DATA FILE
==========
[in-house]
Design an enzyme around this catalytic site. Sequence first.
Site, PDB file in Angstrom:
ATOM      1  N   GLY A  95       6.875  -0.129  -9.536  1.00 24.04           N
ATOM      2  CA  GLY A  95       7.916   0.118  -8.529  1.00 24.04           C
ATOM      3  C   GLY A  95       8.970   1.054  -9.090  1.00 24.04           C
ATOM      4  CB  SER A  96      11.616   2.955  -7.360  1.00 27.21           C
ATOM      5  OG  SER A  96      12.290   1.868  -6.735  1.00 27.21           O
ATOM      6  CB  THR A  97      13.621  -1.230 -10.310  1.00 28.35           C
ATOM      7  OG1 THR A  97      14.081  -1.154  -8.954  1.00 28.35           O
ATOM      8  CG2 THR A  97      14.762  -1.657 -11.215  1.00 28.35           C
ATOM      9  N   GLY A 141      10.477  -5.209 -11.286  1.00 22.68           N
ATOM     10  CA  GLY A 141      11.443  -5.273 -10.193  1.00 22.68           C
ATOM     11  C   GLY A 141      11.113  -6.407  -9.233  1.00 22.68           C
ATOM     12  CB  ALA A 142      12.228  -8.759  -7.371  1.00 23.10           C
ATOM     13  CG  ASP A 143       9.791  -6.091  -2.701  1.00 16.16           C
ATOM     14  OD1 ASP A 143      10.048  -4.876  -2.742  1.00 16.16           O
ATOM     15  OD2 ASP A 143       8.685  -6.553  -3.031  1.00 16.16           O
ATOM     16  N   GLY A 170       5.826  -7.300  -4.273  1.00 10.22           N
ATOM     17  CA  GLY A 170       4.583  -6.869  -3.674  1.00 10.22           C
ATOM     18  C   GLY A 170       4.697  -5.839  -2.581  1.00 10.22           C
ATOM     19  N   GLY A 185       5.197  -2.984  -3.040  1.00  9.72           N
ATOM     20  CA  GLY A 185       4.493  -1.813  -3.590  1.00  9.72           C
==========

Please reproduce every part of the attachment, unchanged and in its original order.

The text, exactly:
[in-house]
Design an enzyme around this catalytic site. Sequence first.
Site, PDB file in Angstrom:
ATOM      1  N   GLY A  95       6.875  -0.129  -9.536  1.00 24.04           N
ATOM      2  CA  GLY A  95       7.916   0.118  -8.529  1.00 24.04           C
ATOM      3  C   GLY A  95       8.970   1.054  -9.090  1.00 24.04           C
ATOM      4  CB  SER A  96      11.616   2.955  -7.360  1.00 27.21           C
ATOM      5  OG  SER A  96      12.290   1.868  -6.735  1.00 27.21           O
ATOM      6  CB  THR A  97      13.621  -1.230 -10.310  1.00 28.35           C
ATOM      7  OG1 THR A  97      14.081  -1.154  -8.954  1.00 28.35           O
ATOM      8  CG2 THR A  97      14.762  -1.657 -11.215  1.00 28.35           C
ATOM      9  N   GLY A 141      10.477  -5.209 -11.286  1.00 22.68           N
ATOM     10  CA  GLY A 141      11.443  -5.273 -10.193  1.00 22.68           C
ATOM     11  C   GLY A 141      11.113  -6.407  -9.233  1.00 22.68           C
ATOM     12  CB  ALA A 142      12.228  -8.759  -7.371  1.00 23.10           C
ATOM     13  CG  ASP A 143       9.791  -6.091  -2.701  1.00 16.16           C
ATOM     14  OD1 ASP A 143      10.048  -4.876  -2.742  1.00 16.16           O
ATOM     15  OD2 ASP A 143       8.685  -6.553  -3.031  1.00 16.16           O
ATOM     16  N   GLY A 170       5.826  -7.300  -4.273  1.00 10.22           N
ATOM     17  CA  GLY A 170       4.583  -6.869  -3.674  1.00 10.22           C
ATOM     18  C   GLY A 170       4.697  -5.839  -2.581  1.00 10.22           C
ATOM     19  N   GLY A 185       5.197  -2.984  -3.040  1.00  9.72           N
ATOM     20  CA  GLY A 185       4.493  -1.813  -3.590  1.00  9.72           C